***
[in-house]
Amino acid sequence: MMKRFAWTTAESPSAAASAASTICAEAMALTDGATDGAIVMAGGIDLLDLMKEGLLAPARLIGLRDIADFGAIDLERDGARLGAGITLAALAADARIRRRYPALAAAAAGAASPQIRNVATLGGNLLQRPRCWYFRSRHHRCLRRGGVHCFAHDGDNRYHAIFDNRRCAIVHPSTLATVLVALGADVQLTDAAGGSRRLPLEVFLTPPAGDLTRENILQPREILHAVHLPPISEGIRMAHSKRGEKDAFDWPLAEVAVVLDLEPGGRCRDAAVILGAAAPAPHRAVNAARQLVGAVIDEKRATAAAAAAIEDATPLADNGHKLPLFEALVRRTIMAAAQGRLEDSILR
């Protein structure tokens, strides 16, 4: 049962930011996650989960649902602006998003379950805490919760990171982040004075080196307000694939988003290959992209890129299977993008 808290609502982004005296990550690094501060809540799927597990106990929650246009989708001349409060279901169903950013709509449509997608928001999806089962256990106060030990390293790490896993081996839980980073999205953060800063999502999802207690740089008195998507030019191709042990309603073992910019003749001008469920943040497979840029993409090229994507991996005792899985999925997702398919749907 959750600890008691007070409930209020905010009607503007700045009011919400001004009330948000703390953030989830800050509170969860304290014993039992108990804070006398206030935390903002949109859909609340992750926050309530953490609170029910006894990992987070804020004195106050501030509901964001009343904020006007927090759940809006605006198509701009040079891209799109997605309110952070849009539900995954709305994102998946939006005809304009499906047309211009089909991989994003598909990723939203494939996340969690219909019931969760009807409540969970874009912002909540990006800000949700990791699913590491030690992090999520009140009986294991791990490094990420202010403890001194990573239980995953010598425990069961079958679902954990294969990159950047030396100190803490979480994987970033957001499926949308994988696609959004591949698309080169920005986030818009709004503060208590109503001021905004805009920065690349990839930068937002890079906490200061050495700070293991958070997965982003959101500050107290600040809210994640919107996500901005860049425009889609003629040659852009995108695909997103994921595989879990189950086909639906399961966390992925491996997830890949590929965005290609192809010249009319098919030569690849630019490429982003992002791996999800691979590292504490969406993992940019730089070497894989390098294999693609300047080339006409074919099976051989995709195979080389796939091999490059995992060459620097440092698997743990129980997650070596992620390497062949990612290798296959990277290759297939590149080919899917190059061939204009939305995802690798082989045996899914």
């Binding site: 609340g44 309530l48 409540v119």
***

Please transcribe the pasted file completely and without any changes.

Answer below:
[in-house]
Amino acid sequence: MMKRFAWTTAESPSAAASAASTICAEAMALTDGATDGAIVMAGGIDLLDLMKEGLLAPARLIGLRDIADFGAIDLERDGARLGAGITLAALAADARIRRRYPALAAAAAGAASPQIRNVATLGGNLLQRPRCWYFRSRHHRCLRRGGVHCFAHDGDNRYHAIFDNRRCAIVHPSTLATVLVALGADVQLTDAAGGSRRLPLEVFLTPPAGDLTRENILQPREILHAVHLPPISEGIRMAHSKRGEKDAFDWPLAEVAVVLDLEPGGRCRDAAVILGAAAPAPHRAVNAARQLVGAVIDEKRATAAAAAAIEDATPLADNGHKLPLFEALVRRTIMAAAQGRLEDSILR
């Protein structure tokens, strides 16, 4: 049962930011996650989960649902602006998003379950805490919760990171982040004075080196307000694939988003290959992209890129299977993008 808290609502982004005296990550690094501060809540799927597990106990929650246009989708001349409060279901169903950013709509449509997608928001999806089962256990106060030990390293790490896993081996839980980073999205953060800063999502999802207690740089008195998507030019191709042990309603073992910019003749001008469920943040497979840029993409090229994507991996005792899985999925997702398919749907 959750600890008691007070409930209020905010009607503007700045009011919400001004009330948000703390953030989830800050509170969860304290014993039992108990804070006398206030935390903002949109859909609340992750926050309530953490609170029910006894990992987070804020004195106050501030509901964001009343904020006007927090759940809006605006198509701009040079891209799109997605309110952070849009539900995954709305994102998946939006005809304009499906047309211009089909991989994003598909990723939203494939996340969690219909019931969760009807409540969970874009912002909540990006800000949700990791699913590491030690992090999520009140009986294991791990490094990420202010403890001194990573239980995953010598425990069961079958679902954990294969990159950047030396100190803490979480994987970033957001499926949308994988696609959004591949698309080169920005986030818009709004503060208590109503001021905004805009920065690349990839930068937002890079906490200061050495700070293991958070997965982003959101500050107290600040809210994640919107996500901005860049425009889609003629040659852009995108695909997103994921595989879990189950086909639906399961966390992925491996997830890949590929965005290609192809010249009319098919030569690849630019490429982003992002791996999800691979590292504490969406993992940019730089070497894989390098294999693609300047080339006409074919099976051989995709195979080389796939091999490059995992060459620097440092698997743990129980997650070596992620390497062949990612290798296959990277290759297939590149080919899917190059061939204009939305995802690798082989045996899914």
């Binding site: 609340g44 309530l48 409540v119």